Begin Again (2014)

Begin Again had all of the makings of a great movie. It had an all-star cast with Mark Ruffalo, Keira Knightley, Hailee Steinfeld, and Catherine Keener (in addition to Maroon 5's Adam Levine). It had an amazing soundtrack (with a majority of the songs sung by Knightley herself). But most importantly it was tying itself to John Carney, screenwriter/director's 2007 gem Once, perhaps the greatest "musical and performing arts" movie that you've never heard of. I started off liking this movie so much and, after 30 minutes, I felt certain it was going to be as good as, if not better, than Once. The problem was that as believable as Once felt, this movie felt that unbelievable by its third act. It was a movie that stretched so far past the idea of a feel good story that you really couldn't at all take it seriously. If I had to break down the three acts, I would give act one an A, act two a C, and act three a D (based in implausibility of not just the last act itself, but because it doesn't effectively bring resolution to any of the issues the characters are dealing with in the first two acts of the film). This movie sort of reminded me of August Rush, but, to be honest, I'd have to watch August Rush again to see if that's a fair assessment. I do remember wanting to like August Rush much more than I actually did.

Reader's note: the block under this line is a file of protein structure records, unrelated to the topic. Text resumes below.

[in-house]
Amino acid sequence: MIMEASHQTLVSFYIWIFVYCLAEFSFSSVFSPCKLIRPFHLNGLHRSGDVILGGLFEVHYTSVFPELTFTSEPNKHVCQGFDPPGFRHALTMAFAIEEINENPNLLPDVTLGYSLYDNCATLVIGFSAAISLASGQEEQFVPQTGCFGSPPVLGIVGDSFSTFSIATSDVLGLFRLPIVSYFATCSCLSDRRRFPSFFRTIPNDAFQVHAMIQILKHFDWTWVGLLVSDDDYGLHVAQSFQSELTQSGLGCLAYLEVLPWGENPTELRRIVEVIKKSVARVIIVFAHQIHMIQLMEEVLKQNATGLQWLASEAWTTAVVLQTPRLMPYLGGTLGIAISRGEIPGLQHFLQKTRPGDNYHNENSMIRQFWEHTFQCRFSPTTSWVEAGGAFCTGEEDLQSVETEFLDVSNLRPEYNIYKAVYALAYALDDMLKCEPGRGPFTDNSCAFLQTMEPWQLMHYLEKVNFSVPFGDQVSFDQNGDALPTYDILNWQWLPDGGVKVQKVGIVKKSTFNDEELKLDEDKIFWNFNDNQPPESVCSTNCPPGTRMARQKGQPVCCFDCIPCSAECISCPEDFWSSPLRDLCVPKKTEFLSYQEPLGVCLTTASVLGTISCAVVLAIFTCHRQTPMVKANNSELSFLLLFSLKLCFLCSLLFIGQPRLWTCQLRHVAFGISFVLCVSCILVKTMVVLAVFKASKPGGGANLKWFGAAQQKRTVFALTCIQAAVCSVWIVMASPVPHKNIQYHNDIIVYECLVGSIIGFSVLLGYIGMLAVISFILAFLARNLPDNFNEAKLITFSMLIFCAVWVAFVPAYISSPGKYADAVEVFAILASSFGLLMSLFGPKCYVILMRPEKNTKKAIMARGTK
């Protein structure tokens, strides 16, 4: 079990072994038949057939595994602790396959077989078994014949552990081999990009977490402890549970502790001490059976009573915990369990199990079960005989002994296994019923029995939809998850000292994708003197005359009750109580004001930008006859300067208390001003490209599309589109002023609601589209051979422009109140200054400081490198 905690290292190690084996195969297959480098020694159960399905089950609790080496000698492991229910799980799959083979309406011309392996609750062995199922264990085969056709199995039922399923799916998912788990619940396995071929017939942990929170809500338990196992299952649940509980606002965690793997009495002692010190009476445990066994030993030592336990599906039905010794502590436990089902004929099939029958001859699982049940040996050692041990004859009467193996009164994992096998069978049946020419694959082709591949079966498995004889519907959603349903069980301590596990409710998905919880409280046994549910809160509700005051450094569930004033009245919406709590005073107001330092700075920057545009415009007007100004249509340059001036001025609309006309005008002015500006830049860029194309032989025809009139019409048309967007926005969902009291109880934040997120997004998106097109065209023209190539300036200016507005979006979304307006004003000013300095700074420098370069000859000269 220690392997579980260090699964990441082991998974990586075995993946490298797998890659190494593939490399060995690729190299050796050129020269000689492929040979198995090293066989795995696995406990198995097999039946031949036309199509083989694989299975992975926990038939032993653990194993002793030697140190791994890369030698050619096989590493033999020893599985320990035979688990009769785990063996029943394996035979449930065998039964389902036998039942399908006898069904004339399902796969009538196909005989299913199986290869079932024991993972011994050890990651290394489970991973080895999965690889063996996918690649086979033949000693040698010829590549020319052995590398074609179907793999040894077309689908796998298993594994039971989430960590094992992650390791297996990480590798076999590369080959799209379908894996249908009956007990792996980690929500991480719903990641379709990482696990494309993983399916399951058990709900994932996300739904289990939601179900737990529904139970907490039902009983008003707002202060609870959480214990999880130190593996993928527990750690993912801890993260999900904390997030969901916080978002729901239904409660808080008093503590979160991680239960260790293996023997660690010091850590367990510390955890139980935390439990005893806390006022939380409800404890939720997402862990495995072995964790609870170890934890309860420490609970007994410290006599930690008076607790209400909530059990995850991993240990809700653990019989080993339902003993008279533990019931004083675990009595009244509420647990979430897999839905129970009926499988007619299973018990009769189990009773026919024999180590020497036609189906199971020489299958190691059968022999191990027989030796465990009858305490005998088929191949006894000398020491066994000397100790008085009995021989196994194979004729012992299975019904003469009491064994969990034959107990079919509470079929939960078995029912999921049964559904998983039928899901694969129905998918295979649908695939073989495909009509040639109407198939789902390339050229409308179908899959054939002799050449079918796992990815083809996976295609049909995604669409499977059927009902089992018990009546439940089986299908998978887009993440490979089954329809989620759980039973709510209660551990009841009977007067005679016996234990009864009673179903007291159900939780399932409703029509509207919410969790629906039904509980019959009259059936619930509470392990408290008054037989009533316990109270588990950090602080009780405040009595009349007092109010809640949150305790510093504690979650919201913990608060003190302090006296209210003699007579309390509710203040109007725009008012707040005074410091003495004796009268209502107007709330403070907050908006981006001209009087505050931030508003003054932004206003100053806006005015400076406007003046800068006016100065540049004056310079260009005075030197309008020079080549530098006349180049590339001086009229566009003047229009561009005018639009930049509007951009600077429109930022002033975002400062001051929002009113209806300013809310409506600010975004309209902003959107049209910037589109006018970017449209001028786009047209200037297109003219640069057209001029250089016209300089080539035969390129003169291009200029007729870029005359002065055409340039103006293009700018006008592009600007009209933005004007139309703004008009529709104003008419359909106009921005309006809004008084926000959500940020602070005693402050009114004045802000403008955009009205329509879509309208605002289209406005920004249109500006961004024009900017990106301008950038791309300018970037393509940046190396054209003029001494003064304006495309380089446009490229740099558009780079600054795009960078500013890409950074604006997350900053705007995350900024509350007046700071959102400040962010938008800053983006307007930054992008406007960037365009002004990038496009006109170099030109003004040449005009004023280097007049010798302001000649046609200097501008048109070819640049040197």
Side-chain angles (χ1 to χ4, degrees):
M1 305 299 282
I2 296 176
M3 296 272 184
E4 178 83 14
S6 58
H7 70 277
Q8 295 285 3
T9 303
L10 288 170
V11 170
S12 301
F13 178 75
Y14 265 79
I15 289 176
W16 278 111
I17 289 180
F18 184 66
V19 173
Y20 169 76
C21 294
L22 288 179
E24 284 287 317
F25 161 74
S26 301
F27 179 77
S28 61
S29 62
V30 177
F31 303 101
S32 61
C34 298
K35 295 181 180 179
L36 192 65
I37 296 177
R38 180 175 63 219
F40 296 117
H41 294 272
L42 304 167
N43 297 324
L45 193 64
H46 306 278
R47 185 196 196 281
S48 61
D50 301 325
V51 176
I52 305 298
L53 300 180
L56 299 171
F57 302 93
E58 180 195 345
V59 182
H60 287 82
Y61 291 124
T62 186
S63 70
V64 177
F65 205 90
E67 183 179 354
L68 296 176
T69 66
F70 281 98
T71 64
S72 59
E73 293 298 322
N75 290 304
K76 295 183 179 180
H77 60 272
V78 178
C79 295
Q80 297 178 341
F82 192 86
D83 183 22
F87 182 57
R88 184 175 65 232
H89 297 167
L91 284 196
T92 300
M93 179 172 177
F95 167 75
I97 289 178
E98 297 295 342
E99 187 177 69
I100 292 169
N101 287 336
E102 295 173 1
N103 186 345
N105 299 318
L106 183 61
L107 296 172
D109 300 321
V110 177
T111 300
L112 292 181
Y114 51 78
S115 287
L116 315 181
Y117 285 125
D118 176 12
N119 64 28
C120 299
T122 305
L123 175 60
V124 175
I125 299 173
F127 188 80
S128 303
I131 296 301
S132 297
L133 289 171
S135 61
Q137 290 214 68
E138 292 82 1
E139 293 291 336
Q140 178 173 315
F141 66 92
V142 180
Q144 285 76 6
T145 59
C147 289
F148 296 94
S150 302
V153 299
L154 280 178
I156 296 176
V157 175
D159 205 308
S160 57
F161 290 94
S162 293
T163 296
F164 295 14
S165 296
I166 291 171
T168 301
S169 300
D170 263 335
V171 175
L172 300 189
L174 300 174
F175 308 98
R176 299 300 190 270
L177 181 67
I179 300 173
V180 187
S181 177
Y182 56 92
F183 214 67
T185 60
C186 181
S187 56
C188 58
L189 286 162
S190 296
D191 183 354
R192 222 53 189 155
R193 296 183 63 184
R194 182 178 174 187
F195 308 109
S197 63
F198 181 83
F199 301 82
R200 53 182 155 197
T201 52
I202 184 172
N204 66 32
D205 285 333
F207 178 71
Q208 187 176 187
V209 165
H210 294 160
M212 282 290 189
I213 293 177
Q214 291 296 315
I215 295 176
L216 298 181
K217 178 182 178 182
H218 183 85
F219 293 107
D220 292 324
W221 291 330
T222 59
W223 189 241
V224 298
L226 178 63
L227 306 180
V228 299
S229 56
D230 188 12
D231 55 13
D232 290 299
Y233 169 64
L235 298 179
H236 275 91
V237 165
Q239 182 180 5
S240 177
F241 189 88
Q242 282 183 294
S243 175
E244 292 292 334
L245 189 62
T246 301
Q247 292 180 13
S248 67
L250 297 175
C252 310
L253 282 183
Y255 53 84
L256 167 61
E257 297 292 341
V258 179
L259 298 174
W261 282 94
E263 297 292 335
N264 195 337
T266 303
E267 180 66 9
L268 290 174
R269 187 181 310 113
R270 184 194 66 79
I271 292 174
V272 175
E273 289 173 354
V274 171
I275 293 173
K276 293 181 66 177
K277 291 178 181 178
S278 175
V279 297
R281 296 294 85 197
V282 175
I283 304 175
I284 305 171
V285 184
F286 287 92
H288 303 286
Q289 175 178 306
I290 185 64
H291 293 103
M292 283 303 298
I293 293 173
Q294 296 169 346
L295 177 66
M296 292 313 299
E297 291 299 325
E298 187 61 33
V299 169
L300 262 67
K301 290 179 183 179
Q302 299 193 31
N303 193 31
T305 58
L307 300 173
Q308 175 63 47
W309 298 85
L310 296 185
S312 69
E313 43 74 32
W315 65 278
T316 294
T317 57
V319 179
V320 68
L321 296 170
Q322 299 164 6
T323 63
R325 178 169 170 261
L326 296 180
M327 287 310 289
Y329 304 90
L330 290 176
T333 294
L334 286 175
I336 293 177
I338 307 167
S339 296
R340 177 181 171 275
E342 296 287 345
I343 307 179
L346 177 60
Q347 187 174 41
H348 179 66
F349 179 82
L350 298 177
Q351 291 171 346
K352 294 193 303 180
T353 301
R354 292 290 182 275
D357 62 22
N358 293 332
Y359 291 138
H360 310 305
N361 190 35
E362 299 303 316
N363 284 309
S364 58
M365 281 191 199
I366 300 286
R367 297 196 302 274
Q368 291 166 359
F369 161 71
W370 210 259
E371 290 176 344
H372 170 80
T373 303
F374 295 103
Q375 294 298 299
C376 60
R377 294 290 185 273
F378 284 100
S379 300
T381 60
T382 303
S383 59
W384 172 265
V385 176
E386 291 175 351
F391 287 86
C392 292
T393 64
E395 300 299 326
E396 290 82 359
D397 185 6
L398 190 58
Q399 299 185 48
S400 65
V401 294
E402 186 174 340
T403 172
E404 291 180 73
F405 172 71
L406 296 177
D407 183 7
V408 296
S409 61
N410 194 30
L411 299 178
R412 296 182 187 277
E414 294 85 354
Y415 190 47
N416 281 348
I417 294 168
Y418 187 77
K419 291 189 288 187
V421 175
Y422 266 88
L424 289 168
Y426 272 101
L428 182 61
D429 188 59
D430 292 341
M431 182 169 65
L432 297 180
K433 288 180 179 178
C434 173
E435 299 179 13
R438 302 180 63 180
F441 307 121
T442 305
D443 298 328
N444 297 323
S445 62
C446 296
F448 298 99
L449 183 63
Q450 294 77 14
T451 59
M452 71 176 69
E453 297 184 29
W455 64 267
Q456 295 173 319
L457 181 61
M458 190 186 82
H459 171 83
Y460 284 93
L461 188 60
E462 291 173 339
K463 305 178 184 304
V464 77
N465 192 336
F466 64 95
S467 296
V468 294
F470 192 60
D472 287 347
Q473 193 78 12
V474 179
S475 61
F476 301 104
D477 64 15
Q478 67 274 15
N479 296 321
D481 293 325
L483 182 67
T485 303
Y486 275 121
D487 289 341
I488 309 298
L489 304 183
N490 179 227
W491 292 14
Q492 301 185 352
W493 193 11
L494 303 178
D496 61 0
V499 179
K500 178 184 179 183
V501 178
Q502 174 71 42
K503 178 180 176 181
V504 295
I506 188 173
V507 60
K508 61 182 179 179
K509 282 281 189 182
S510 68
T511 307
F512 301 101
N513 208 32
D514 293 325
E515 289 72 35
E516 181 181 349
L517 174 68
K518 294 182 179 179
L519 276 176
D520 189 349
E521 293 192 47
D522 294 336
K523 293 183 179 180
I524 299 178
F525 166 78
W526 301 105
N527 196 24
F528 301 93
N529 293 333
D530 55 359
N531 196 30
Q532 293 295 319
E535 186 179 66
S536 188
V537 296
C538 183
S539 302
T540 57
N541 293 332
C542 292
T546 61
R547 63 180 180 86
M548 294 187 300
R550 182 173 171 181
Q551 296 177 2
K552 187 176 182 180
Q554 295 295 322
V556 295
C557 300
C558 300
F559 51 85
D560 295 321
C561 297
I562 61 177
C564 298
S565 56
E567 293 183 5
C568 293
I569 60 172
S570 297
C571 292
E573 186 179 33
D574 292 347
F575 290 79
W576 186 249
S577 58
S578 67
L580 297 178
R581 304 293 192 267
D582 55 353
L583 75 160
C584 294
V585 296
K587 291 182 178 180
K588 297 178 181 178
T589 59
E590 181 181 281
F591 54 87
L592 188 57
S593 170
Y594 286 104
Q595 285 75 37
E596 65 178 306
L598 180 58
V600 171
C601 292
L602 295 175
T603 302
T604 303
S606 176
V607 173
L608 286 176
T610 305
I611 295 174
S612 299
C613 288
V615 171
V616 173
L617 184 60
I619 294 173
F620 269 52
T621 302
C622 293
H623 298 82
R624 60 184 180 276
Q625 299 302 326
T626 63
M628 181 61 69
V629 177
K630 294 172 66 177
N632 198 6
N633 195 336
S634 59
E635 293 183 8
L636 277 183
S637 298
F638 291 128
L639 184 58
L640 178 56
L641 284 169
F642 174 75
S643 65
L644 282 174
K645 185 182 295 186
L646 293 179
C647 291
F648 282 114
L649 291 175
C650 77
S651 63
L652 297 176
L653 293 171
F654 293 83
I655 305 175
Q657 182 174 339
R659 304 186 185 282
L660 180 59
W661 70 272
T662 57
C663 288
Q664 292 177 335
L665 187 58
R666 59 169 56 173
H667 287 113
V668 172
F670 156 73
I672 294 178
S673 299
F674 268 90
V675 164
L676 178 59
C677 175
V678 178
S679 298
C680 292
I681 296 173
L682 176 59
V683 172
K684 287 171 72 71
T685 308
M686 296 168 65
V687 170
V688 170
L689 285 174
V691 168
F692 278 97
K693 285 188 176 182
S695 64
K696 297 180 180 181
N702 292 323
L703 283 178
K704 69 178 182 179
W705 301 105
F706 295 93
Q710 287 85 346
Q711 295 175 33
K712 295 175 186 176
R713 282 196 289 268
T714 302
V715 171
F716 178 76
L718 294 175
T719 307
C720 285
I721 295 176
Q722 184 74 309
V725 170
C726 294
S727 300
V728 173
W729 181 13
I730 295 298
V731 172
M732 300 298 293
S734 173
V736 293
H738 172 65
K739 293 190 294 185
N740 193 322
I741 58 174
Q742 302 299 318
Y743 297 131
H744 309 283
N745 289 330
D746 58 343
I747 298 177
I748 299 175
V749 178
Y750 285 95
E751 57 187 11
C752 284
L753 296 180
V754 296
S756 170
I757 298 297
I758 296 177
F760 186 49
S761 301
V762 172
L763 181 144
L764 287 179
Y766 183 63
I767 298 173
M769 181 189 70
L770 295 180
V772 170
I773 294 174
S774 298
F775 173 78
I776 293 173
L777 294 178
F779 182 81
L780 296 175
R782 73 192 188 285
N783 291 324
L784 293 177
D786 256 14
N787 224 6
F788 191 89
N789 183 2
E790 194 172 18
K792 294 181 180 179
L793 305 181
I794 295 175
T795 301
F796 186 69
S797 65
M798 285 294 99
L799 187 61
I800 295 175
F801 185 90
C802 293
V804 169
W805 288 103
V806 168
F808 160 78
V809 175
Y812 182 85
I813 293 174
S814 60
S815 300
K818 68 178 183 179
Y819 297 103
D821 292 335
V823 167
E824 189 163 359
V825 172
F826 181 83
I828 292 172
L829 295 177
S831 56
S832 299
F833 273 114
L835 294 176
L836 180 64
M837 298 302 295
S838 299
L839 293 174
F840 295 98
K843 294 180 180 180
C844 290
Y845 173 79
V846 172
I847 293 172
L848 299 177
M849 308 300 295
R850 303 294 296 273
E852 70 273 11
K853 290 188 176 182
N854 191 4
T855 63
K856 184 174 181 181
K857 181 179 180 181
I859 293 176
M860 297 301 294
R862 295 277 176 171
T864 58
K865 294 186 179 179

Foxcatcher (2014)

I've finally found the first "award buzzing" movie of 2014 that has lived up to its hype. While there have certainly been a handful of other movies that I've found to be good, there hasn't been a movie, with the exception of maybe Nightcrawler that has lived up to the hope that I had for the movie. That has certainly changed with Bennett Miller's (Moneyball, Capote) methodical and engrossing Foxcatcher. While this movie isn't for everybody, film purists will love it. This movie is likely to garner a Best Director Academy Award and without a doubt will land Steve Carell (Crazy, Stupid, Love., Date Night) his first Best Actor nomination. Mark Ruffalo (Reservation Road, Shutter Island) likely will also earn a Best Supporting Actor Academy Award. And not to be lost is the performance of Channing Tatum (21 Jump Street, 22 Jump Street) who gives the performance of his career. Three of the best performances of the year can be viewed in this film alone.